He has excited domestic insurrections amongst us, and has endeavoured to bring on the inhabitants of our frontiers, the merciless Indian Savages whose known rule of warfare, is an undistinguished destruction of all ages, sexes and conditions.

In every stage of these Oppressions We have Petitioned for Redress in the most humble terms: Our repeated Petitions have been answered only by repeated injury. A Prince, whose character is thus marked by every act which may define a Tyrant, is unfit to be the ruler of a free people.

Nor have We been wanting in attentions to our British brethren. We have warned them from time to time of attempts by their legislature to extend an unwarrantable jurisdiction over us. We have reminded them of the circumstances of our emigration and settlement here. We have appealed to their native justice and magnanimity, and we have conjured them by the ties of our common kindred to disavow these usurpations, which would inevitably interrupt our connections and correspondence. They too have been deaf to the voice of justice and of consanguinity. We must, therefore, acquiesce in the necessity, which denounces our Separation, and hold them, as we hold the rest of mankind, Enemies in War, in Peace Friends.

We, therefore, the Representatives of the united States of America, in General Congress, Assembled, appealing to the Supreme Judge of the world for the rectitude of our intentions, do, in the Name, and by Authority of the good People of these Colonies, solemnly publish and declare, That these united Colonies are, and of Right ought to be Free and Independent States, that they are Absolved from all Allegiance to the British Crown, and that all political connection between them and the State of Great Britain, is and ought to be totally dissolved; and that as Free and Independent States, they have full Power to levy War, conclude Peace, contract Alliances, establish Commerce, and to do all other Acts and Things which Independent States may of right do. — And for the support of this Declaration, with a firm reliance on the protection of Divine Providence, we mutually pledge to each other our Lives, our Fortunes, and our sacred Honor.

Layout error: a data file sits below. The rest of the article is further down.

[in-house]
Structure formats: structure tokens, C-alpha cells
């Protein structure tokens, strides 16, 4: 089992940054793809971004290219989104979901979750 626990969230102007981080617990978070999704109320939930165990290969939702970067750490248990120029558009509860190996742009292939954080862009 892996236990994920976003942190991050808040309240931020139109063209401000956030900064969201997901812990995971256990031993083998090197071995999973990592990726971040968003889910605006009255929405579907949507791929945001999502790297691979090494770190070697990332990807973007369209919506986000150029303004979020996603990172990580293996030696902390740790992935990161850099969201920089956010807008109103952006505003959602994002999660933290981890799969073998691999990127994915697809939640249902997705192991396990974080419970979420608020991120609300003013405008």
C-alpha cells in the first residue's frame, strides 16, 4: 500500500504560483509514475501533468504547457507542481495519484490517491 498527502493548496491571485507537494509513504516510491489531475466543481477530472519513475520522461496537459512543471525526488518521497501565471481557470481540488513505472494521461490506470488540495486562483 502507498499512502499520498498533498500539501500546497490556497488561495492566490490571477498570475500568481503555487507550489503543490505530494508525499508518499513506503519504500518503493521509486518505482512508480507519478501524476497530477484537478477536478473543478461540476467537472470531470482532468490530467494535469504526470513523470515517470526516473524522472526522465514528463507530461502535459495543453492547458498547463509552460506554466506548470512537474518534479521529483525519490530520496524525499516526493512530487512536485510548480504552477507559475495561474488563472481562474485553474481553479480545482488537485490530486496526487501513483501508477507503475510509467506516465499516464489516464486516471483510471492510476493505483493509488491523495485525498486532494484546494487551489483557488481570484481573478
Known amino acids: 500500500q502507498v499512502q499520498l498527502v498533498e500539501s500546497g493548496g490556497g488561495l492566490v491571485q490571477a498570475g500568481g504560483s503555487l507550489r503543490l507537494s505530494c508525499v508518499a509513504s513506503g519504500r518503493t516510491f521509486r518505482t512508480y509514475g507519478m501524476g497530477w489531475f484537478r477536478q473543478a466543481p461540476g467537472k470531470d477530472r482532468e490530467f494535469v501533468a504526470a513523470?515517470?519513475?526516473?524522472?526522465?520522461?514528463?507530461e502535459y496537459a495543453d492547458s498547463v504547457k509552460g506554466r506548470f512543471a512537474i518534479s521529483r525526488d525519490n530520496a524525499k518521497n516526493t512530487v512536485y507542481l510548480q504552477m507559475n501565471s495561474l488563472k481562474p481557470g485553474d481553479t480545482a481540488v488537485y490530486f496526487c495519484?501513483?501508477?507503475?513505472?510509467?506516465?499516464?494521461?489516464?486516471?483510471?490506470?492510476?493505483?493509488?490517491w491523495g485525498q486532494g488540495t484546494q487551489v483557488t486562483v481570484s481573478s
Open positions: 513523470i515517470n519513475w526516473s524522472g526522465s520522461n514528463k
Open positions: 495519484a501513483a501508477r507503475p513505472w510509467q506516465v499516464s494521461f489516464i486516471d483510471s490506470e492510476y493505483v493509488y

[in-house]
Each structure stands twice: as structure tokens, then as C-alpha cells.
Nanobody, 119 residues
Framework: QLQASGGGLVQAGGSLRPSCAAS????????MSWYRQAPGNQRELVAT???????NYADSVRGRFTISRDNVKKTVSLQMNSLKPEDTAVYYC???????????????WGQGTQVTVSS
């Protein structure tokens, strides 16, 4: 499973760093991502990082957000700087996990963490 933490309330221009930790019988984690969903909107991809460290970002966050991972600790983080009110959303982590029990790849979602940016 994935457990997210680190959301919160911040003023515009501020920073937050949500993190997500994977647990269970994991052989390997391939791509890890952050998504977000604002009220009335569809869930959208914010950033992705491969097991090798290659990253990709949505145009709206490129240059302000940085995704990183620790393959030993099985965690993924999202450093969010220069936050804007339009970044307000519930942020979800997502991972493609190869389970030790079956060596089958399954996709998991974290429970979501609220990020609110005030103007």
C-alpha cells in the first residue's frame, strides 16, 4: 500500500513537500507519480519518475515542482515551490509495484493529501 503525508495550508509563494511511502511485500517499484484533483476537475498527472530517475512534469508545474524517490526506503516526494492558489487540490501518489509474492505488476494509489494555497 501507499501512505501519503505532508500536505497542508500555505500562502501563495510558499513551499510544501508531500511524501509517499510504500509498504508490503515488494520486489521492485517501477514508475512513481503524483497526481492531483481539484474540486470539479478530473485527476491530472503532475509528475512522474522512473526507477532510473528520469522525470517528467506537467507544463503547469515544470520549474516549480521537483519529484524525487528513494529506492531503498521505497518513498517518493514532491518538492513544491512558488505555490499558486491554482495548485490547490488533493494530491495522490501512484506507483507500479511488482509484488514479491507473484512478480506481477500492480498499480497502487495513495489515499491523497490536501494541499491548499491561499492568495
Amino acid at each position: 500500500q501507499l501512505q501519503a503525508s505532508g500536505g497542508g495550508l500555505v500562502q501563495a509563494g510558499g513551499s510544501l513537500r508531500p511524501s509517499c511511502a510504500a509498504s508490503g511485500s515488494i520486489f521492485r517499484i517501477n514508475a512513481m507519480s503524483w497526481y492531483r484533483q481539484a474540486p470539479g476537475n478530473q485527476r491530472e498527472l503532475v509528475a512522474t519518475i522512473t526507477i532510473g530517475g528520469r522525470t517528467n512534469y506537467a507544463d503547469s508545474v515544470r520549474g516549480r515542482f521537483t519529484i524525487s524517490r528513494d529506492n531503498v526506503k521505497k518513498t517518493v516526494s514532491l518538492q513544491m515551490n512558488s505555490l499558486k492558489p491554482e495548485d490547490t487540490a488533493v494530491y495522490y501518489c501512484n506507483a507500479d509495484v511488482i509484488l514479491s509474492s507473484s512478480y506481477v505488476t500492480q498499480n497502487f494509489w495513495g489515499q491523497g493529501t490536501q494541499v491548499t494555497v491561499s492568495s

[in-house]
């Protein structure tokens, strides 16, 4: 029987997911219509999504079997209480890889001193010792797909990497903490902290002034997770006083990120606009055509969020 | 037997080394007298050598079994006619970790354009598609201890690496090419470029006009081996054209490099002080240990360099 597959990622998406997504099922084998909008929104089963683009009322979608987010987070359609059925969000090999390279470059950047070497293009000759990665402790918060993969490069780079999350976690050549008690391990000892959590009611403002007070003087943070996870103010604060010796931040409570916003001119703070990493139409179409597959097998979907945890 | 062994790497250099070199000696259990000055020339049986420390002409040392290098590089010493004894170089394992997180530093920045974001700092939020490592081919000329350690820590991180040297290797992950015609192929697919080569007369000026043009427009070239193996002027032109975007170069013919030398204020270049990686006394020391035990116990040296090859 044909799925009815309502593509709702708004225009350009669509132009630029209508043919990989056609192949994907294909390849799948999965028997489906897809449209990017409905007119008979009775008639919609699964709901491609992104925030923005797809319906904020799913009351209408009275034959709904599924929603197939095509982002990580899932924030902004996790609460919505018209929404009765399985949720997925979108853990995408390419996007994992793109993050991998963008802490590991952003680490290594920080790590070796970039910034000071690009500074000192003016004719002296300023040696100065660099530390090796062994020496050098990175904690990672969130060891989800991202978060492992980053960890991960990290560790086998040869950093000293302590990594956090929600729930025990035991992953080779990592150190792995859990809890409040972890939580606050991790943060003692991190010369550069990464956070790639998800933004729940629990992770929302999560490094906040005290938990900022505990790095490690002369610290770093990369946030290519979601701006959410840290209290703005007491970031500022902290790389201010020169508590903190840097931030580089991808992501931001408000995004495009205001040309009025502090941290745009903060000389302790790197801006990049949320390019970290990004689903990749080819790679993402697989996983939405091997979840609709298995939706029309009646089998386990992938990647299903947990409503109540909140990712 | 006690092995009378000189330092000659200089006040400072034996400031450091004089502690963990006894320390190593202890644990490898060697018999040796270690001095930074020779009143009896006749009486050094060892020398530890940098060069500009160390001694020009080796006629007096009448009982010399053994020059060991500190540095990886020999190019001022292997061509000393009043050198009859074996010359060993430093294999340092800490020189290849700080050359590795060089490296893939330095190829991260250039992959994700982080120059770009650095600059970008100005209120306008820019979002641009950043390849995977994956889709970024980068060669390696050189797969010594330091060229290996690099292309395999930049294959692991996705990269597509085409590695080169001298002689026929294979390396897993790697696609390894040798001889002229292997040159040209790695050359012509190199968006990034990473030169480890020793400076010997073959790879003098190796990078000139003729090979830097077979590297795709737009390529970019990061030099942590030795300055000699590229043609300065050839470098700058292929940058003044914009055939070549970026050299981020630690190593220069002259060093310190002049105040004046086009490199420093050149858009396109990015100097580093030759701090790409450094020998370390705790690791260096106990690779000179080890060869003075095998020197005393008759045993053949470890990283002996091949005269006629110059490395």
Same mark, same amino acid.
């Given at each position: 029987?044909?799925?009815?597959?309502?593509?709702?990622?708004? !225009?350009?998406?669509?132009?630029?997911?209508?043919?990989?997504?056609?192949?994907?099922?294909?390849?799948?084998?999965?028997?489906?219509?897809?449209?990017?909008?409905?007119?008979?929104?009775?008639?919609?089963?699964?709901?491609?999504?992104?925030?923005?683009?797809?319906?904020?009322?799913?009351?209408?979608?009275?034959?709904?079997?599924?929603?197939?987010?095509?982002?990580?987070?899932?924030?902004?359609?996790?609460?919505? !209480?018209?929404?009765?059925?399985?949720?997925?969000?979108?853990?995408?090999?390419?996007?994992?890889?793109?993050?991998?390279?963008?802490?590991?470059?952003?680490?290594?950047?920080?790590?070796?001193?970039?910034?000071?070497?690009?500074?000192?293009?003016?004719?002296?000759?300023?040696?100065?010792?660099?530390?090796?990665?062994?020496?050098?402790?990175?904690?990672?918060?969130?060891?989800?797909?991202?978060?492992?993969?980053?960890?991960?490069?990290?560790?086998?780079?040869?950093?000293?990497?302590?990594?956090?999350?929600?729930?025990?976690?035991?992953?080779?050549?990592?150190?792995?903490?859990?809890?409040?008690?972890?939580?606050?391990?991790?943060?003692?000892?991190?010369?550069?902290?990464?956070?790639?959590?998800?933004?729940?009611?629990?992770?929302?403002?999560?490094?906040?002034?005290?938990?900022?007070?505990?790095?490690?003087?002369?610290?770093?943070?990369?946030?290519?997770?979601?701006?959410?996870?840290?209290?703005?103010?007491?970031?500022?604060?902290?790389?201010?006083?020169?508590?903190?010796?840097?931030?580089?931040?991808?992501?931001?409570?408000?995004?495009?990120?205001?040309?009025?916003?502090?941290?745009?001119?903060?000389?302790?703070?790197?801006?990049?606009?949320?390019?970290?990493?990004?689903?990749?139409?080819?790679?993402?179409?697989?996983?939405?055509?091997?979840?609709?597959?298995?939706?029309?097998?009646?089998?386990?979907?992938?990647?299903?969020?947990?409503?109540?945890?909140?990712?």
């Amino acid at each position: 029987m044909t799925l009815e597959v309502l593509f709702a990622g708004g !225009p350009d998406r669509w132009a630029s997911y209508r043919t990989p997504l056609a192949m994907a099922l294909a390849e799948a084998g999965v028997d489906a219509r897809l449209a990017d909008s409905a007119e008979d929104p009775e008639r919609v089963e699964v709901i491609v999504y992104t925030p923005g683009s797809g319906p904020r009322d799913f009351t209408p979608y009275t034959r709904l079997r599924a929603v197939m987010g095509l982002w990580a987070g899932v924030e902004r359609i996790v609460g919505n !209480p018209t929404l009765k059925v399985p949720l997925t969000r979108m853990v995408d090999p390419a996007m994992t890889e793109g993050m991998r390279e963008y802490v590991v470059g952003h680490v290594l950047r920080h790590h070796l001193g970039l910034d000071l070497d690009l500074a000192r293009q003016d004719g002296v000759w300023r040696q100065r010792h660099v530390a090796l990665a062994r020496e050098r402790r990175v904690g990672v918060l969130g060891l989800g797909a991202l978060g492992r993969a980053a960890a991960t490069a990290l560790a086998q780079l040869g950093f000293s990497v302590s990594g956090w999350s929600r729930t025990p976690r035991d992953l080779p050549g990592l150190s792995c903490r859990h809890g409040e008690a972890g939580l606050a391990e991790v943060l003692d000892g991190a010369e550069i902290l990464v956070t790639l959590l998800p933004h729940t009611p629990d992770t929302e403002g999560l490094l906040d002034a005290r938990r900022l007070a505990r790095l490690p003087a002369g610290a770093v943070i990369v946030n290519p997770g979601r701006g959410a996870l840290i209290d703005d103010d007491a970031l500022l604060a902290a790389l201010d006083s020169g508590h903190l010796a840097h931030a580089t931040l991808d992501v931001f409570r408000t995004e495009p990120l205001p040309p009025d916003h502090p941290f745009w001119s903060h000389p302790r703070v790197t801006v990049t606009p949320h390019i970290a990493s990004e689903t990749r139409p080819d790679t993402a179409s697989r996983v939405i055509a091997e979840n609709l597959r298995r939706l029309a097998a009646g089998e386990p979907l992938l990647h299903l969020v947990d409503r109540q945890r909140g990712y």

John Hancock

New Hampshire:
Josiah Bartlett, William Whipple, Matthew Thornton

John Hancock, Samuel Adams, John Adams, Robert Treat Paine, Elbridge Gerry

Rhode Island:
Stephen Hopkins, William Ellery

Roger Sherman, Samuel Huntington, William Williams, Oliver Wolcott

New York:
William Floyd, Philip Livingston, Francis Lewis, Lewis Morris

New Jersey:
Richard Stockton, John Witherspoon, Francis Hopkinson, John Hart, Abraham Clark

Robert Morris, Benjamin Rush, Benjamin Franklin, John Morton, George Clymer, James Smith, George Taylor, James Wilson, George Ross

Caesar Rodney, George Read, Thomas McKean

Samuel Chase, William Paca, Thomas Stone, Charles Carroll of Carrollton

George Wythe, Richard Henry Lee, Thomas Jefferson, Benjamin Harrison, Thomas Nelson, Jr., Francis Lightfoot Lee, Carter Braxton

North Carolina:
William Hooper, Joseph Hewes, John Penn

South Carolina:
Edward Rutledge, Thomas Heyward, Jr., Thomas Lynch, Jr., Arthur Middleton

Button Gwinnett, Lyman Hall, George Walton


“I am no longer a Virginian, sir, but an American.”

How many Americans today — like this Vietnamese immigrant — identify first and foremost as American instead of by a perpetually-aggrieved race or ethnicity or country-of-origin or class or gender or political party?